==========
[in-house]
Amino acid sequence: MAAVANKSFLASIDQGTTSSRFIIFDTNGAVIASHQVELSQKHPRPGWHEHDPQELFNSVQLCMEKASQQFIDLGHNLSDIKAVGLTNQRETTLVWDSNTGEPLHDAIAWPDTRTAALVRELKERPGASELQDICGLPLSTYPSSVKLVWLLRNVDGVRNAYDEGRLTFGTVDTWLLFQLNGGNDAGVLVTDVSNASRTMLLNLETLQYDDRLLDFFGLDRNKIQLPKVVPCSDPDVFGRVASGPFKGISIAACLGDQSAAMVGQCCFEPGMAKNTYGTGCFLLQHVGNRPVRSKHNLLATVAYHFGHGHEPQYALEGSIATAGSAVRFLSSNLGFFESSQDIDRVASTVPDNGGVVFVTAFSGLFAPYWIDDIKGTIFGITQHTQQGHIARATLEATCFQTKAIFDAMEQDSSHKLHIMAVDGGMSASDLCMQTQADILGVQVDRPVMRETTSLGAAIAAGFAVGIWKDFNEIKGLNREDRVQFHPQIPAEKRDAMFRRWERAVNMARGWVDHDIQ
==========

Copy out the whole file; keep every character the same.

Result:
[in-house]
Amino acid sequence: MAAVANKSFLASIDQGTTSSRFIIFDTNGAVIASHQVELSQKHPRPGWHEHDPQELFNSVQLCMEKASQQFIDLGHNLSDIKAVGLTNQRETTLVWDSNTGEPLHDAIAWPDTRTAALVRELKERPGASELQDICGLPLSTYPSSVKLVWLLRNVDGVRNAYDEGRLTFGTVDTWLLFQLNGGNDAGVLVTDVSNASRTMLLNLETLQYDDRLLDFFGLDRNKIQLPKVVPCSDPDVFGRVASGPFKGISIAACLGDQSAAMVGQCCFEPGMAKNTYGTGCFLLQHVGNRPVRSKHNLLATVAYHFGHGHEPQYALEGSIATAGSAVRFLSSNLGFFESSQDIDRVASTVPDNGGVVFVTAFSGLFAPYWIDDIKGTIFGITQHTQQGHIARATLEATCFQTKAIFDAMEQDSSHKLHIMAVDGGMSASDLCMQTQADILGVQVDRPVMRETTSLGAAIAAGFAVGIWKDFNEIKGLNREDRVQFHPQIPAEKRDAMFRRWERAVNMARGWVDHDIQ